I’ve written a post about themes in my life as an Emerging Technologies Librarian for my alma mater, University of Michigan School of Information, that just came out today.
Life of an emerging technologies librarian in the health sciences: http://monthly.si.umich.edu/2013/01/17/life-of-an-emerging-technologies-librarian-in-the-health-sciences/
Even though it is twice as long as what they asked for, it is still short when it come to explaining the ideas I wanted to discuss. I have permission to repost it here, and link back to the other, but I think what I’ll do is post segments, and then, hopefully, go into a bit more detail about each. This is how it starts.
What it means to be a librarian has changed dramatically as technology has altered our methods and adjusted our roles for our patrons and our communities. I identify some of the prevailing trends as bubble, blur, flip, spin, hoard and hug. Here’s my story.
January 1985. Nights, I was a poet and single mom. Days, I was a copy cataloger, and selector for 20th-century English-language poetry. I turned down a fellowship in creative writing in favor of library school. Goal: poetry librarian.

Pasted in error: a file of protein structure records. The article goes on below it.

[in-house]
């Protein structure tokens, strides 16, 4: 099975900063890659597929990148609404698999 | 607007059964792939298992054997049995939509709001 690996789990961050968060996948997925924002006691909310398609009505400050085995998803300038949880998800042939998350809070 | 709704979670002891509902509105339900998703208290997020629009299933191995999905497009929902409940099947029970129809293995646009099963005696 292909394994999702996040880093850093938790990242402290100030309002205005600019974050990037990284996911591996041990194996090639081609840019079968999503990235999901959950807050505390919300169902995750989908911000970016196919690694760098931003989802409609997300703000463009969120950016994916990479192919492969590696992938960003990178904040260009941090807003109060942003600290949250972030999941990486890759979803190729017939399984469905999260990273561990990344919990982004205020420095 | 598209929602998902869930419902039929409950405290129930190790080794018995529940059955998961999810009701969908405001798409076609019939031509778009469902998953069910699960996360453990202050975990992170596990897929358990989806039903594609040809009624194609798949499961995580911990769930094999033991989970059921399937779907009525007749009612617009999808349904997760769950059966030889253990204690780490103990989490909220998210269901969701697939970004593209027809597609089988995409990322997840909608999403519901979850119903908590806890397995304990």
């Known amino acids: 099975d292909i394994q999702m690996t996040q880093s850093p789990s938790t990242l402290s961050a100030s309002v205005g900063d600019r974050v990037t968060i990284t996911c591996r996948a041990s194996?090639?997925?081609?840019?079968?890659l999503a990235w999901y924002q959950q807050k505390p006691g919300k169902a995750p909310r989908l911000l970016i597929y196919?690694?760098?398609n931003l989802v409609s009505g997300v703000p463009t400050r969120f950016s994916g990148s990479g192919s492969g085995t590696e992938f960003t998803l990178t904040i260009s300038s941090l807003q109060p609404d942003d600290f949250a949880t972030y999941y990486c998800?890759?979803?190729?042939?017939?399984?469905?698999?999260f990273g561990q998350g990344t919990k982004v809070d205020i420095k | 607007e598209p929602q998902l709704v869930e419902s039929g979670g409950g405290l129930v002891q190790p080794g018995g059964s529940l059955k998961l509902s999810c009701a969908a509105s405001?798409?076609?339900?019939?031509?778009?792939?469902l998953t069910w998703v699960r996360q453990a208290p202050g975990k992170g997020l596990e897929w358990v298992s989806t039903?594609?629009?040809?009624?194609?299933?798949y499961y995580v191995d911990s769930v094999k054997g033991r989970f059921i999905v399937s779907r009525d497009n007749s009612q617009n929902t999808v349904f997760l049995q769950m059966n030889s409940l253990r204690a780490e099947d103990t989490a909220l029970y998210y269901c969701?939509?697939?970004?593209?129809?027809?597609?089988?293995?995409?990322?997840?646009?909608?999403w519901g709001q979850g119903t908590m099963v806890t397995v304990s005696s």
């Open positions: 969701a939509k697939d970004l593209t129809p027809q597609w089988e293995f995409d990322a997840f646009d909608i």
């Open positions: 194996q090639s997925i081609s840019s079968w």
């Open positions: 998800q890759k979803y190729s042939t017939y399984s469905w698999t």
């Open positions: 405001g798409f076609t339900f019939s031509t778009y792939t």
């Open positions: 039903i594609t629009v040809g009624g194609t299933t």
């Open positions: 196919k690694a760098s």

August 1985. Craig Mulder and I stood in front of a desk in Library Human Resources in the Harlan Hatcher Graduate Library. We were the first two in the new Library Associates Program at what became UMSI.
1985-1987. I worked for two years under Maurita Holland in the Engineering Library, taking courses in information science, management, the evolution of higher education, artificial intelligence, programming, healthcare, and classic library skills. My program was designed to create a combination of librarian, geek squad, manager, and service provider. The focus was on big picture thinking in the context of intellectual curiosity and flexibility. I thought I’d be a corporate librarian in artificial intelligence and neural network R&D.
1987-now. Instead, I ended up spending my career in the academic health sciences.
You see, I never did have a clue what I was going to be when I “grew up,” and that’s turned out to be a good thing. My job now is based strongly on the idea that we don’t know what’s coming next, watching for patterns and trends, and sharing those with my colleagues and the public. The skills I’m using on a daily basis are rooted in what librarians have always done — discover, select, collect, organize, husband, access, preserve, assist, share, teach, outreach, research, advocacy, create — but there are new skills, competencies, and contexts that I didn’t and couldn’t have learned in grad school.